This is a theology that Jesus points out even the religiously impure ones, even the tax collectors and prostitutes, instinctively understand. So what of us? Are we brave and honest enough to argue with the “father” when we do not feel as committed or engaged as we are told we ought to be? Would we dare to refuse to do what we are told…and then give ourselves the chance to rethink what we are really being asked to do, and what our role may be in the vineyard of God.

Or would we opt to look “respectable”, to follow from as great a distance as possible, paying lip-service but avoiding getting our hands dirty? Do we only go along with the call to love and accept the vulnerable so far as they don’t challenge or disgust us? Is there a limit to our ability to transmit God’s grace, or is it simply that we are busy and there are higher priorities than loving? But the first son’s apparently sullen attitude masks a deep love. Sometimes things may be better than they seem at first sight.

All three of the readings seem very sure in telling us that we need to risk being authentic before God. God’s desire is to always keep the option open for us to return and return and return into the heart of the community, into the work of the harvest, into life.

If we are called today, then what is our direction? Let us become aware of God’s love and allow ourselves to be authentic before it. Let us reflect on the readings for a short time and then as is our custom you might share your thoughts with the people sitting near you.

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Only you God can fill me

I remember a long time ago having a lunch with a friend who was a priest. Before eating he said “only you oh God can fill me” or something similarly worded. He said the idea was to not overeat. I can be a bit of a comfort eater myself. If I feel anxious or lonely or bored or guilty or any negative feeling I can imagine that I need something that tastes nice to distract me and then I eat it fast and want more. I thought the words were a good meditation, encouraging me to stop, consider my need for food- for the physical sustenance of it as well as the sensuous pleasure and to remember that food is a good but it is not the ultimate.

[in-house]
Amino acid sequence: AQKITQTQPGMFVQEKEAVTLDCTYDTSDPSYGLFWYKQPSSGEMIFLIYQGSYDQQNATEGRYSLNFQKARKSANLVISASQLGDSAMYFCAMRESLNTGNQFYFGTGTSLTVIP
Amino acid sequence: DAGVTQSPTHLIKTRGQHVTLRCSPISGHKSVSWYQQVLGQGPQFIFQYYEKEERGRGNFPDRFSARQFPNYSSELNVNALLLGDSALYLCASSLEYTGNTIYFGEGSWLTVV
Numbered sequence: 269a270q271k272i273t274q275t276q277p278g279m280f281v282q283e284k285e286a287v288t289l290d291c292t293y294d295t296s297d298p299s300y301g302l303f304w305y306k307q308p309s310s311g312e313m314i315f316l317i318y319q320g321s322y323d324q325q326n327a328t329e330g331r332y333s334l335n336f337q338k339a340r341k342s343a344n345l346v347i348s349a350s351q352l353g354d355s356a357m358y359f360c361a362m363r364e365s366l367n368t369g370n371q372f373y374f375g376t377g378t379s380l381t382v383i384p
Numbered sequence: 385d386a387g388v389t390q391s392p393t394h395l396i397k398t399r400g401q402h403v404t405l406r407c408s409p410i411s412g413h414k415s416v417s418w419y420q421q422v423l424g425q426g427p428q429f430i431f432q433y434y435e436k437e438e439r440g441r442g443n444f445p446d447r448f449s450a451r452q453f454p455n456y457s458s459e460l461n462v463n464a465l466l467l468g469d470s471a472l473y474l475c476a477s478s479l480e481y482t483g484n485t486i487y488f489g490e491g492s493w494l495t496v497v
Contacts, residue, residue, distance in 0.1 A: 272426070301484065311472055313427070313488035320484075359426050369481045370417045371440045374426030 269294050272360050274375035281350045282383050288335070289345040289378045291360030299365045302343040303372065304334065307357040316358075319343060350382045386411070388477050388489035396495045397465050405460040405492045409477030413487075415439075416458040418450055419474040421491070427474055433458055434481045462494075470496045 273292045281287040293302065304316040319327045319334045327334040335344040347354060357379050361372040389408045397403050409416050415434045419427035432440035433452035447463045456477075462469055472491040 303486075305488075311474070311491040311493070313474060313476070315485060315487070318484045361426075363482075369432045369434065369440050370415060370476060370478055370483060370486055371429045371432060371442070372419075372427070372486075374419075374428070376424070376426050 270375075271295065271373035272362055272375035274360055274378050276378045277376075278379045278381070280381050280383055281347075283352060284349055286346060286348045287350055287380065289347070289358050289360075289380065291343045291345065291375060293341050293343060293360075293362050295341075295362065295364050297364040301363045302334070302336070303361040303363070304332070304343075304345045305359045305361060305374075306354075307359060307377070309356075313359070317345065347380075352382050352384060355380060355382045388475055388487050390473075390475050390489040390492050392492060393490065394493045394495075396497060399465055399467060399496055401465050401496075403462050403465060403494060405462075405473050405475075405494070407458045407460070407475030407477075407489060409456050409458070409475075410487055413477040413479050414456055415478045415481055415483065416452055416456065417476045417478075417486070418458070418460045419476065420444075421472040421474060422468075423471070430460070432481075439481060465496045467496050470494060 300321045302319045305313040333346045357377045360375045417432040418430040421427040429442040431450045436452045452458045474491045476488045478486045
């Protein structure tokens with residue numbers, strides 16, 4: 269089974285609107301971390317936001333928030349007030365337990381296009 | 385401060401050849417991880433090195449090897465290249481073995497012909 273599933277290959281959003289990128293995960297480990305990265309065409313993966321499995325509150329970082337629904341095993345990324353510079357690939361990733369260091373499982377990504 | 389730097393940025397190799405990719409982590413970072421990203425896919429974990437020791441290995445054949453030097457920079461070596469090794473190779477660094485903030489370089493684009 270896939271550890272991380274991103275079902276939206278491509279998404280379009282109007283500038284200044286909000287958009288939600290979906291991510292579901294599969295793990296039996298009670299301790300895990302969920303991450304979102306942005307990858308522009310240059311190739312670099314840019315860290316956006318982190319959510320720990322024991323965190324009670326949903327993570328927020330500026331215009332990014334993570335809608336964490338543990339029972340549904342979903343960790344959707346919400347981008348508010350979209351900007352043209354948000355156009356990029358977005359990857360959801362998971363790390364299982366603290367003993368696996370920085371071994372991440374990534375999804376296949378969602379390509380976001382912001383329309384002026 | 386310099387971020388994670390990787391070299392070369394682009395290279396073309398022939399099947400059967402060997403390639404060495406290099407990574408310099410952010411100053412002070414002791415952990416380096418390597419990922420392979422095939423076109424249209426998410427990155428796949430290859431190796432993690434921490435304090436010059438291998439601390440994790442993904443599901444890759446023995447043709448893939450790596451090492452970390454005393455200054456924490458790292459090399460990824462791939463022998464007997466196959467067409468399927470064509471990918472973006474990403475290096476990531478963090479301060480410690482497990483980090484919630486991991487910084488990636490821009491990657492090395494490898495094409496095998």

God is the ultimate.

I am still a person full of nervous habits- overeating, chewing pens or my own lip, tensing my jaw, tapping things. I still struggle to get a hold of myself and defeat panic and procrastination and the tendency to isolate myself or binge on social networking. I often focus on my flaws and unworthiness. I often obsessively need to be approved of by others, to be seen to be performing well, to be seen as someone gifted or good. I still have willpower issues and sometimes stay at a party too late or drink too much.

So I am not sharing this sentence as a magical “cure” for human frailty but it is a useful sentence nevertheless.

As I have meditated on it, in the context of letting go of a past relationship that was not working, in the context of choosing to accept that I am gay, in the promise to myself that I will say “no” or “maybe” to as many people as I need to rather than rushing desperately into any relationship available I think I have started to grow- not necessarily in virtue but in joy and quality of life. Because only God can fill me, so I can let go of my need for someone else to say “sorry” or to hold me. I can let go of my envy that someone has an easier life than I do. I can let go (slowly) even of my anger at the opportunities I feel I was robbed of, by being raised so fearful. I can let go of anything that demands that I hurt of humiliate others. I can really and truly love without the desperate need for someone to make it “worth it”. I can love as an act of freedom, rather than as a transaction, and I can accept love with gratefulness rather than skepticism or the burden of obligation.